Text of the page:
Mark Hunter
University of Toronto,Professor
Mark Hunterb
(416) 208-4764
B527 (UTSC)
Downtown Office:
Room SSH5022 (100 St. George Street)
Personal Website:

University of California, Berkeley, USA (2005)

Other Degrees:
MA University of KwaZulu-Natal, South Africa (1998)
BA University of Sussex, UK (1992)

Cross Appointments:
Department of Anthropology (Graduate)

Research Interests:
  • Education and class
  • Critical development studies
  • Ethnographic methods
  • Kinship and Sexuality
  • Africa
  • Labour
  • Heroin Addiction

Selected Publications:
  • Mark Hunter. 2017. “Parental choice without parents: families, education and class in a South African township” Compare: A Journal of Comparative and International Education, 47 (1): 2-16.
  • Mark Hunter. 2016. “Is it enough to talk of marriage as a process? Legitimate co-habitation in Umlazi, South Africa,” Anthropology Southern Africa, 39 (4): 281-296.
  • Mark Hunter. 2016. “Introduction: New Insights on Marriage and Africa” (invited introduction for Special Edition on Marriage and Exchange in contemporary African societies). Africa Today, 62 (3): 1-9.
  • Mark Hunter. 2016. “The Race for Education: Class, White Tone, and Desegregating White Schools in South Africa.” Journal of Historical Sociology 29 (3): 319-358.
  • Mark Hunter. 2015. “The Intimate Politics of the Education Market: High-Stakes Schooling and the Making of Kinship in Umlazi Township, South Africa.” Journal of Southern African Studies 41(6): 1279-1300.
  • Mark Hunter. 2015. “The Political Economy of Concurrent Partners: Toward a history of Sex-Love-Gift Connections in the Time of AIDS.” Review of African Political Economy 42(145): 362-375.
  • Mark Hunter. 2015. “Schooling Choice in South Africa: The Limits of Qualifications and the Politics of Race, Class and Symbolic Power.” International Journal of Educational Development. 43: 41-50.
  • Mark Hunter. 2014. “‘The Bond of Education’: Gender, the Value of Children, and the Making of Umlazi Township in 1960s Durban, South Africa.” Journal of African History 55(3): 467-490.
  • Mark Hunter and Atiqa Hachimi. 2012. “Talking Class, Talking Race: Intersections of Language, Class, and Race in the Call Center Industry in South Africa,” Social & Cultural Geography 13(6): 551-566.
  • Mark Hunter and Dori Posel. 2012. “Here to Work: the Socio-Economic Characteristics of Informal Dwellers in Post-Apartheid South Africa.” Environment and Urbanization April, 24(1): 285-304.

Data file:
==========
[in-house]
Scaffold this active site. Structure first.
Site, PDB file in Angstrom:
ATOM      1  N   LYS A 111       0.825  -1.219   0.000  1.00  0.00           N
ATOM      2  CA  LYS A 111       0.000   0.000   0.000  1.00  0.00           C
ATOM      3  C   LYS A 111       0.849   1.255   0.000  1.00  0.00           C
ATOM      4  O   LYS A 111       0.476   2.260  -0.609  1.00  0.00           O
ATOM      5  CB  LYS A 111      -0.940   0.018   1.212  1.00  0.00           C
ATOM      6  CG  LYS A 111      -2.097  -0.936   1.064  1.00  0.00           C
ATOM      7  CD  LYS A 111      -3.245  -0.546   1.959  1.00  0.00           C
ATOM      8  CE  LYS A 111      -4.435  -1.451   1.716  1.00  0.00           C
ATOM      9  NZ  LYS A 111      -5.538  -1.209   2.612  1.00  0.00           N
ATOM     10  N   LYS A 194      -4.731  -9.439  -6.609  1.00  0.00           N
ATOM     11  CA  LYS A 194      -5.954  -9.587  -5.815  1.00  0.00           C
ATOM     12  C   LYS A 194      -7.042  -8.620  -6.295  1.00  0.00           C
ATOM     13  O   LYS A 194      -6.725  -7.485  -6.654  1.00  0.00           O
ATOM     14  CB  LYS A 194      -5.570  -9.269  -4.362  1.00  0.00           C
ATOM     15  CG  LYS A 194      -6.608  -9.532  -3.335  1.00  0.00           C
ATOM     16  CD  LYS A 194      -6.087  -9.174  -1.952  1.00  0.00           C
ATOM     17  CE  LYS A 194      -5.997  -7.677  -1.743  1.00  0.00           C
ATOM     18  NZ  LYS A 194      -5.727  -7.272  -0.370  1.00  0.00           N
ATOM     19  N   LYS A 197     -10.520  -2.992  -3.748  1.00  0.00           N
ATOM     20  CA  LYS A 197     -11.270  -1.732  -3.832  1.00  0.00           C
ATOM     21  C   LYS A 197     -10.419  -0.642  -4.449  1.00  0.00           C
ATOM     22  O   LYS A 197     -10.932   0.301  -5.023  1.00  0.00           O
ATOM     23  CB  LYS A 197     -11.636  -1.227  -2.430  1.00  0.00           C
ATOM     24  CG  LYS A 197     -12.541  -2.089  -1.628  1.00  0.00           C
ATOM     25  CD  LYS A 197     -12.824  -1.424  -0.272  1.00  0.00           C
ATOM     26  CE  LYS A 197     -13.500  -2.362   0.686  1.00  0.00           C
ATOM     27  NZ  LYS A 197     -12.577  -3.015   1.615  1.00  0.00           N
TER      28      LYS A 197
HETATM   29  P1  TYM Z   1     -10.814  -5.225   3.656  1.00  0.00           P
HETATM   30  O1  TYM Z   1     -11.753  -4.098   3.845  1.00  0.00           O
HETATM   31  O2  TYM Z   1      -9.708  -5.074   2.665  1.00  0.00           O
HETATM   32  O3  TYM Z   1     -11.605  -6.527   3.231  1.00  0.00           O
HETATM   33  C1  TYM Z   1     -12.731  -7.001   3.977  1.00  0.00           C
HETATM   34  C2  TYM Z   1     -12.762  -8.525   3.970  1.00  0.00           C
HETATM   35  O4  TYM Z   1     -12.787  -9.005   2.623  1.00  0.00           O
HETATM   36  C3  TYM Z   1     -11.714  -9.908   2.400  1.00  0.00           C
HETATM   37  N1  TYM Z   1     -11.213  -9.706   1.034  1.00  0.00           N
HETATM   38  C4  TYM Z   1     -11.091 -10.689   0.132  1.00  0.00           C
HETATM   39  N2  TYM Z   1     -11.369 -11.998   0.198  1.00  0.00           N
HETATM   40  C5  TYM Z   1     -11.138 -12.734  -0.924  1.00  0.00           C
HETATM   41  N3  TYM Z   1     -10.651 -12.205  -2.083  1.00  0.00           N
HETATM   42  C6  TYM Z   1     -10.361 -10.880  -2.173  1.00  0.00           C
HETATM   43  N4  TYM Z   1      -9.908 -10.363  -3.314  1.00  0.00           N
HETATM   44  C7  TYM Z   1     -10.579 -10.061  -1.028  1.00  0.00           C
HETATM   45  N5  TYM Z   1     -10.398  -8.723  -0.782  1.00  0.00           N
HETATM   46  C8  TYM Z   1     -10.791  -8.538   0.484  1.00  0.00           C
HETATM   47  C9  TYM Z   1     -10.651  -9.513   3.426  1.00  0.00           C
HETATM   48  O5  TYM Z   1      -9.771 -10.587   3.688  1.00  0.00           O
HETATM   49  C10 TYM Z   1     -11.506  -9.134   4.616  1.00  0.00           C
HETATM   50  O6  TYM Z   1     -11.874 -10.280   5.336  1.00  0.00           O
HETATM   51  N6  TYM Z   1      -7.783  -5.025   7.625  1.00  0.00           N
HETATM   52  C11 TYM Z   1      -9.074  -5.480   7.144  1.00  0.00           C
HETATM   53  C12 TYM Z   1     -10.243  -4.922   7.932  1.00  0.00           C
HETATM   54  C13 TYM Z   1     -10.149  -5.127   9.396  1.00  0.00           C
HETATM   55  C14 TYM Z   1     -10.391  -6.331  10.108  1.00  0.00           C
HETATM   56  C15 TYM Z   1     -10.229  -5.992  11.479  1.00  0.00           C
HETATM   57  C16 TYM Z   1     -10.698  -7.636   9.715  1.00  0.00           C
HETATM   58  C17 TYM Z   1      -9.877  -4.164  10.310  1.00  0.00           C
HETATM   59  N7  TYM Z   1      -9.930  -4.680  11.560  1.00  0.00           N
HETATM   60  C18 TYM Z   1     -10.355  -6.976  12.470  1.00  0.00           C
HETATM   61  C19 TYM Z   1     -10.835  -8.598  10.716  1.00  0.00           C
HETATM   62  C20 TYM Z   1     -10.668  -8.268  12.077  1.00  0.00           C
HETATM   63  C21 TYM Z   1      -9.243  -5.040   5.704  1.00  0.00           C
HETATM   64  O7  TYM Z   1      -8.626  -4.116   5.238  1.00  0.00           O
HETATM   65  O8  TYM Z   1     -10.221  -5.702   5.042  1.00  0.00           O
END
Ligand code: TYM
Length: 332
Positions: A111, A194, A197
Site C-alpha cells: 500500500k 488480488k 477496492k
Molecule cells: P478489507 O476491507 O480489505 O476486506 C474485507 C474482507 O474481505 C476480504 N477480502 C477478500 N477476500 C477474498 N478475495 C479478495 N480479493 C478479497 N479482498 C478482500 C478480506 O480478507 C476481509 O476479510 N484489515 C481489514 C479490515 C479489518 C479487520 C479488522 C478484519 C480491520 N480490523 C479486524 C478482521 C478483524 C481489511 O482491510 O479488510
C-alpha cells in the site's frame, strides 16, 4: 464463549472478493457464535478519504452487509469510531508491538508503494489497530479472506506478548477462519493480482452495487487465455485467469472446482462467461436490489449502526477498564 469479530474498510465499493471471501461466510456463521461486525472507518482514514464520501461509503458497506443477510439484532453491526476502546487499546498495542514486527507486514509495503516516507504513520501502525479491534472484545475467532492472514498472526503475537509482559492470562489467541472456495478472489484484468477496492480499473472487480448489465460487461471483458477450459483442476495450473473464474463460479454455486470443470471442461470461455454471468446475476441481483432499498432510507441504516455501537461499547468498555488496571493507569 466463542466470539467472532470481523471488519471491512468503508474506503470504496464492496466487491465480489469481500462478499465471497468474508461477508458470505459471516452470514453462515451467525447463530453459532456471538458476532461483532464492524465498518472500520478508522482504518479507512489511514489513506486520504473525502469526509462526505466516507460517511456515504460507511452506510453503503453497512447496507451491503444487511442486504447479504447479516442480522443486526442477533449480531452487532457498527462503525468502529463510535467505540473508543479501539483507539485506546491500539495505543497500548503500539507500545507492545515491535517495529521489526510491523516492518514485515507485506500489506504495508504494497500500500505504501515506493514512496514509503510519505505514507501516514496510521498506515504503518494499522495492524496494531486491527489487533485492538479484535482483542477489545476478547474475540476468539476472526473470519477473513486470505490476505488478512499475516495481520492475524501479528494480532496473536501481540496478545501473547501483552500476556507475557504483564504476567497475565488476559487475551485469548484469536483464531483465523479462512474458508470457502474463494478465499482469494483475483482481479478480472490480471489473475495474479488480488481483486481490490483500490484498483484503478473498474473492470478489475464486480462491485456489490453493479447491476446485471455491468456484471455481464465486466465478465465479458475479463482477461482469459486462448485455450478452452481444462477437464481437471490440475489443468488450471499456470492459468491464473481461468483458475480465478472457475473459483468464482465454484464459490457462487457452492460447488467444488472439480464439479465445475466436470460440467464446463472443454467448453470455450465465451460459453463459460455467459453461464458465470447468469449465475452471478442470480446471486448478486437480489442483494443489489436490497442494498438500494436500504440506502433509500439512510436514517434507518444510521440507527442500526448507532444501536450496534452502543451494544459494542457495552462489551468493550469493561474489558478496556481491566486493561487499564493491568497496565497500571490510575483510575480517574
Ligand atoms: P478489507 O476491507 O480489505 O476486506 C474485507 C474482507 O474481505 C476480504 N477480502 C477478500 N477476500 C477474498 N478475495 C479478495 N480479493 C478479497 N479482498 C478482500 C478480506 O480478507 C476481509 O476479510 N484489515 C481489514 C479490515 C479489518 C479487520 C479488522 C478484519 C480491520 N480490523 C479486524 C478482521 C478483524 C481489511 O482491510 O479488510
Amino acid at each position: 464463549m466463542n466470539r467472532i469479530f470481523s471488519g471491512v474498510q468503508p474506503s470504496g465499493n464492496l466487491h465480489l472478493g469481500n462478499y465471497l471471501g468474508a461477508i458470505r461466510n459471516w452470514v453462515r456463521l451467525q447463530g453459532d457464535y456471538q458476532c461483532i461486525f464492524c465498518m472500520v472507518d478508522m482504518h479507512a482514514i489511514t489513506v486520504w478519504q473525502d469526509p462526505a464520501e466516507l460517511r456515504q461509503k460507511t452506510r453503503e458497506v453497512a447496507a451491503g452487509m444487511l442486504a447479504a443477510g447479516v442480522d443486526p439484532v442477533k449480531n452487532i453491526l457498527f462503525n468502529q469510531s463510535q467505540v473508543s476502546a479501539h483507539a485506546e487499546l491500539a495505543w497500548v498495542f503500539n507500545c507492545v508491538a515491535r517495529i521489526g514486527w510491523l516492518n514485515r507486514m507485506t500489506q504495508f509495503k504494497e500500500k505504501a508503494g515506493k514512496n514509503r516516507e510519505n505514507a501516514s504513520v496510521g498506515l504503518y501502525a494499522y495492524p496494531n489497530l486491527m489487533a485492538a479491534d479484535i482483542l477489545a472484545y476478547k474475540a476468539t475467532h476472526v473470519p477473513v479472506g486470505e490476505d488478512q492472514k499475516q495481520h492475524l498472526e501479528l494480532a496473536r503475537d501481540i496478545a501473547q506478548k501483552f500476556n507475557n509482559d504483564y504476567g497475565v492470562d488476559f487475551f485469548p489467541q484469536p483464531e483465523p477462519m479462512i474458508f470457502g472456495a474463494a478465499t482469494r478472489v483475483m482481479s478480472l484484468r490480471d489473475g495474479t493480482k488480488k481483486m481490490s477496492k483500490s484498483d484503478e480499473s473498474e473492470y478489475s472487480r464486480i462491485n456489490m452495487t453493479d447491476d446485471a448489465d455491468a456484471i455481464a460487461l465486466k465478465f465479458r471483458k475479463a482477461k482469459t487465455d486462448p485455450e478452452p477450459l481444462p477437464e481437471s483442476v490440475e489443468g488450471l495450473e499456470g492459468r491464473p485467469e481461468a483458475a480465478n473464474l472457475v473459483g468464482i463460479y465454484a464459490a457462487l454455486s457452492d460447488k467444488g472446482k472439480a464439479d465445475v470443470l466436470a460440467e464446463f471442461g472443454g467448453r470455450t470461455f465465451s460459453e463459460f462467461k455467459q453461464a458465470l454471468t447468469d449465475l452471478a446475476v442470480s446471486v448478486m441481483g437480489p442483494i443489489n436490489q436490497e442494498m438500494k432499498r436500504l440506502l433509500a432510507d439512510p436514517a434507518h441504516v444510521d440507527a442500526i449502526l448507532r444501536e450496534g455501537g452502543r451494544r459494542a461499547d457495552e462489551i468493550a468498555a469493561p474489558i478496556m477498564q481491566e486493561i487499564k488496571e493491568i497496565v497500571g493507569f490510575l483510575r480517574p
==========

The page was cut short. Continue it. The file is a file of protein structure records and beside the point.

• Mark Hunter. 2011. “Beneath the ‘Zunami’: Jacob Zuma and the Gendered Politics of Social Reproduction in South Africa.” Antipode 43(4): 1102-1126.
  • Mark Hunter. 2010. “Racial Desegregation and Schooling in South Africa: Contested Geographies of Class Formation.” Environment and Planning A 42(11): 2640-2657.
  • Mark Hunter. 2010. “Beyond the Male-Migrant: South Africa’s Long History of Health Geography and the Contemporary AIDS Pandemic.” Health and Place 16(1): 25-33.
  • Mark Hunter. 2007. “The Changing Political Economy of Sex in South Africa: the Significance of Unemployment and Inequalities to the Scale of the Aids pandemic.” Social Science & Medicine 64: 689-700.
  • Mark Hunter. 2005. “Cultural Politics and Masculinities: Multiple-partners in Historical Perspective in KwaZulu-Natal.” Culture, Health and Sexuality 7(4): 389-403.
  • Mark Hunter. 2004. “Masculinities, Multiple-partners and AIDS in KwaZulu-Natal: The Making and Unmaking of Isoka.” Transformation 54: 123-153.
  • Mark Hunter. 2004. “Fathers without Amandla? Gender and Fatherhood among isiZulu Speakers.” Journal of Natal and Zululand History 22: 149-160.
  • Mark Hunter. 2002. “The Materiality of Everyday Sex: Thinking Beyond ‘Prostitution’.” African Studies 61(1): 99-120.
  • Mark Hunter. 2000. “The Post-Fordist High Road? A South African Case Study.” Journal of Contemporary African Studies 18(1): 67-90.
Mark Hunter. 2010. Love in the Time of AIDS: Inequality, Gender, and Rights in South Africa. Bloomington: Indiana University Press; Pietermaritzburg, University of KwaZulu-Natal Press (Winner of the 2010 C. Wright Mills Award & the 2010 Amaury Talbot Prize for African Anthropology).

Research Clusters:
Political Spaces

Source:» Mark Hunter ( Retrieved May,16,2021